Poisoned - FamilyEducation

Poisoned

May 18,2010
Professor Mom
Aliki McElreath

Aliki is a writer and college English teacher. She lives in North Carolina with her husband, two children (ages seven and ten), a dog, a cat, a rabbit, and too many fish.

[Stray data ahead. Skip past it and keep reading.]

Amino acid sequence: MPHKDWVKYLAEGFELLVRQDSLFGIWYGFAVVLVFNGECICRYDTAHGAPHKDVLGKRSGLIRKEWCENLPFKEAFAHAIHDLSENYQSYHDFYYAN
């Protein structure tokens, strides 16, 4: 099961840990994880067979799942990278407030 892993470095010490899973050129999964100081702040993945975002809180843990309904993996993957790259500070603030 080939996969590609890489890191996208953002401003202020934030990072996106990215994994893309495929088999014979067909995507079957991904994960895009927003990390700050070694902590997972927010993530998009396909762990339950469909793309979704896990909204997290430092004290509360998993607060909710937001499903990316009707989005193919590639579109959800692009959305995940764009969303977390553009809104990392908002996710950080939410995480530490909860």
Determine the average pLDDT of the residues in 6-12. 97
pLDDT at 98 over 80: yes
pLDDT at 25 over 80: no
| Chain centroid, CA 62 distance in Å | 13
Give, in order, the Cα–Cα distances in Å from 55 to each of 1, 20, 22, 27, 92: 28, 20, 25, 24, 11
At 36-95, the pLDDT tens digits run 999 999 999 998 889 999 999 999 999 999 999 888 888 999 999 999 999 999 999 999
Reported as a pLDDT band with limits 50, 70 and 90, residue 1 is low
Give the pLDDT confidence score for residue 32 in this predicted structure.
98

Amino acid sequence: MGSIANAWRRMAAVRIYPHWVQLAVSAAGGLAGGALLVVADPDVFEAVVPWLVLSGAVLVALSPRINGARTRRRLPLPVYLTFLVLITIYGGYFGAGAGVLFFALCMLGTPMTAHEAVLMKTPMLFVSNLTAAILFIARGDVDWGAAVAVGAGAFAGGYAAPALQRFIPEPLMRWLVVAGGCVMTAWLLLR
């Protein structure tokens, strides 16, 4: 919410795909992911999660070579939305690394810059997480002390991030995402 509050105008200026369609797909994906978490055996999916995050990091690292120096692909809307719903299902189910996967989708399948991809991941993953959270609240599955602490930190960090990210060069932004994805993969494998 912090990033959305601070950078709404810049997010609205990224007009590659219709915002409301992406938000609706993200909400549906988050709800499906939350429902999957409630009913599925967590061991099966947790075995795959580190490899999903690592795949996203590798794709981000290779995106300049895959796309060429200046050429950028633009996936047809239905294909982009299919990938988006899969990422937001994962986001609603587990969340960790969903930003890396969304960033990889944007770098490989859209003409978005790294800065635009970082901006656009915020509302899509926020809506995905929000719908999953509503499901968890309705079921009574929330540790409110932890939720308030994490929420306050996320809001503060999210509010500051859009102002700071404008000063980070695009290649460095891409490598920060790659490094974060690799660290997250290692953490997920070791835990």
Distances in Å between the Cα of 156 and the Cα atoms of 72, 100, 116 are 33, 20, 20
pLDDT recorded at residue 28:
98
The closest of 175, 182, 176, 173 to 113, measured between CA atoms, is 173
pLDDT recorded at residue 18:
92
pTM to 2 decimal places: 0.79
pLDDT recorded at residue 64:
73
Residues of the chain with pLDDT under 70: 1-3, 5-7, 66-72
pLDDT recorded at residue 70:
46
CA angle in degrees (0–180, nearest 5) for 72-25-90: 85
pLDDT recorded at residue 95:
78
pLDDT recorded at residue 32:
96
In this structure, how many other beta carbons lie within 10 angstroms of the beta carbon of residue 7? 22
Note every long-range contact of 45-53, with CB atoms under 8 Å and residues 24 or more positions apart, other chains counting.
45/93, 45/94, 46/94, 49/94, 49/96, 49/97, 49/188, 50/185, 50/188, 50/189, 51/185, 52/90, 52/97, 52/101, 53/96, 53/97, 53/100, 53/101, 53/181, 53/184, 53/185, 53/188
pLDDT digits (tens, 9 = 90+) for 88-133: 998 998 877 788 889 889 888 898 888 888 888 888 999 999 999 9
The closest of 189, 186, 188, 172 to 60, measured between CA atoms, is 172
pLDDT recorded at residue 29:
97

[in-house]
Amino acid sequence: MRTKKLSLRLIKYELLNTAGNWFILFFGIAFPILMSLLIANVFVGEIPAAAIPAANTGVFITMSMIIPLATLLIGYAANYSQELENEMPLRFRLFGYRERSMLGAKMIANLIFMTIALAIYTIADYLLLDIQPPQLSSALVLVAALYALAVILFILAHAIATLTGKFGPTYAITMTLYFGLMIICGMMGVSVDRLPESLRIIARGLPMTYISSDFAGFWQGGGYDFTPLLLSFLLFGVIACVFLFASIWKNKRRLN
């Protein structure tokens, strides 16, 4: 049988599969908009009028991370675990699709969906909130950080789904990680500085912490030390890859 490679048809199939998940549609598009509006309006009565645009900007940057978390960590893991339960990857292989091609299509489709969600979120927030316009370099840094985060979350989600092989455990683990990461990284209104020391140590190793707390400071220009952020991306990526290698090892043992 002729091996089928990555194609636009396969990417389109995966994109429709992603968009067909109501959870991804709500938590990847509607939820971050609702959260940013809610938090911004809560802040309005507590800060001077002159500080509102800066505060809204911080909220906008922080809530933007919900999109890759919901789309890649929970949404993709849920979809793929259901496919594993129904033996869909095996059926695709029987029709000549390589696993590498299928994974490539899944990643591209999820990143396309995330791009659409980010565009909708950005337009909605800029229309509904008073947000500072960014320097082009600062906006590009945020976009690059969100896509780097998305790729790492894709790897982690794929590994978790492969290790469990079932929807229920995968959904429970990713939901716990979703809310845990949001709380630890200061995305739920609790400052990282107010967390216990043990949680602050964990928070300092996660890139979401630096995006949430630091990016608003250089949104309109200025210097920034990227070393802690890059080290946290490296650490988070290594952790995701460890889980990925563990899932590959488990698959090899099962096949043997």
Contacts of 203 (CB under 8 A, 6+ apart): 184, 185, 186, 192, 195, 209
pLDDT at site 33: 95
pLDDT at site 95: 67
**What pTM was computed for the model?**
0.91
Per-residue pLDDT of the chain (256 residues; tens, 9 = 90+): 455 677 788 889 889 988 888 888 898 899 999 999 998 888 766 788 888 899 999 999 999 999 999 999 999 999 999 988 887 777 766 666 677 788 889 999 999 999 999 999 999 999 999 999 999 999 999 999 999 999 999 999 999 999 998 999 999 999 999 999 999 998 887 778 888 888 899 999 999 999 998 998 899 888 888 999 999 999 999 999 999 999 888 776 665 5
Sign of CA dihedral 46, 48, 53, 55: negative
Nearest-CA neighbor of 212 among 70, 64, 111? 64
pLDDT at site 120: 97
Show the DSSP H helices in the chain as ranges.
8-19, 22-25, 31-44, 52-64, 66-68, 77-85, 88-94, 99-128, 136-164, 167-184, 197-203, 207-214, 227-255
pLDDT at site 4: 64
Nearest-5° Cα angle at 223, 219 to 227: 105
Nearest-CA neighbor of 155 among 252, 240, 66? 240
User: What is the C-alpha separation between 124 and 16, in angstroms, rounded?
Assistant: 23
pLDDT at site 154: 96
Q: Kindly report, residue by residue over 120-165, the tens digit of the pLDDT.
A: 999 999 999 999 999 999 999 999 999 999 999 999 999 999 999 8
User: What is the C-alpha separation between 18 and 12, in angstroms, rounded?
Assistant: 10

On my way home from work yesterday afternoon, I checked my e-mail one last time and found a link to this alarming story. Have you seen it? A new study now links ADHD in children to exposure to pesticides commonly found in fruits and vegetables. Studies like that make me want to cry. Studies like that often make me cry. Then they make me angry. Because we parents just can't seem to win. We work so hard to provide only the best for our kids; we take our folic acid in pregnancy, we eat right, we make our own baby food, we breastfeed, we practice attachment parenting, we research the right educational choices, we limit TV and refined flour and sugar and caffeine and then a study like that comes out and you feel like a failure. The questions and self-doubts creep in. Maybe feeding your kids too much fruit and too many vegetables was wrong, after all? Can you ever truly wash out pesticides in fruit, even if you've spent countless minutes of your life scrubbing produce under running water, soaking berries, and peeling apples? But what about those careless, too-busy times I let L. and T. munch on fresh fruit on the way home from the store, or I was too harried to properly soak the fruit? L. has always been super-sensitive to chemicals and medicine, is it possible his system is more vulnerable than T.'s? Is there a link between kids with AS and "weakened" neurological systems that might be more prone to being affected by pesticide residue? Is this an answer to why so many children with autism spectrum disorders also have ADHD? What's a parent to do? The Mama Guilt, it's everywhere. And the advice medical professional are giving out now? Buy organic fruits and vegetables. After I read the study I headed to the grocery store. I walked in the doors and instead of seeing bins of fresh fruits and vegetables, I saw poison everywhere: pesticide-covered strawberries and blueberries and those grapes! The grapes my kids eat by the handful all summer long! All covered in pesticide residue. Of course I have known for years about the dangers of pesticides but I can't say that for years I have scrubbed every last fruit and vegetable 100% clean. And while I do try and buy organic when we can, the bottom line is organic fruit is expensive--sometimes prohibitively so. And what about the parents who can't afford to buy organic? Ironically, the organic fruit section of the store was nearly empty--wiped clean. Maybe a lot of mamas had read the same study that day. Only one sad box of bruised organic strawberries remained. And the large sign announcing "Organic Produce!" in large letters applied only to one tiny section of the fruit bin. There were other pints of blackberries and blueberries in that section, but when I looked closely at the labels those were, in fact, not organic. But all around the fruit and produce section of the store were pints and pints of non-organic buy-one-get-one free berries for sale: blueberries and blackberries, and strawberries. And that made me mad. Either we all get behind our children's health: grocery stores and consumer marketing departments, and large commercial farms, and schools and everyone in-between so we can help everyone avoid the pesticides that could be harming our children, or we stop publishing studies that serve only to make parents feel more guilty and less in control about the decisions they made. Everyone should be able to afford pesticide-free food; everyone should have access to the best quality, safest, most nutritiously rich food possible for their families. I plan on writing a letter to area grocery stores asking that they post information on pesticide residue around the displays for fruits and vegetables that are most at risk. I'm hoping that they will keep the organic food sections well-stocked, and consider offering the same types of buy-one-get-one deals on organic food as they do on non-organic produce. Maybe if we all do the same, we can make some changes happen. Maybe. It's all about those small steps--sometimes the most important ones.
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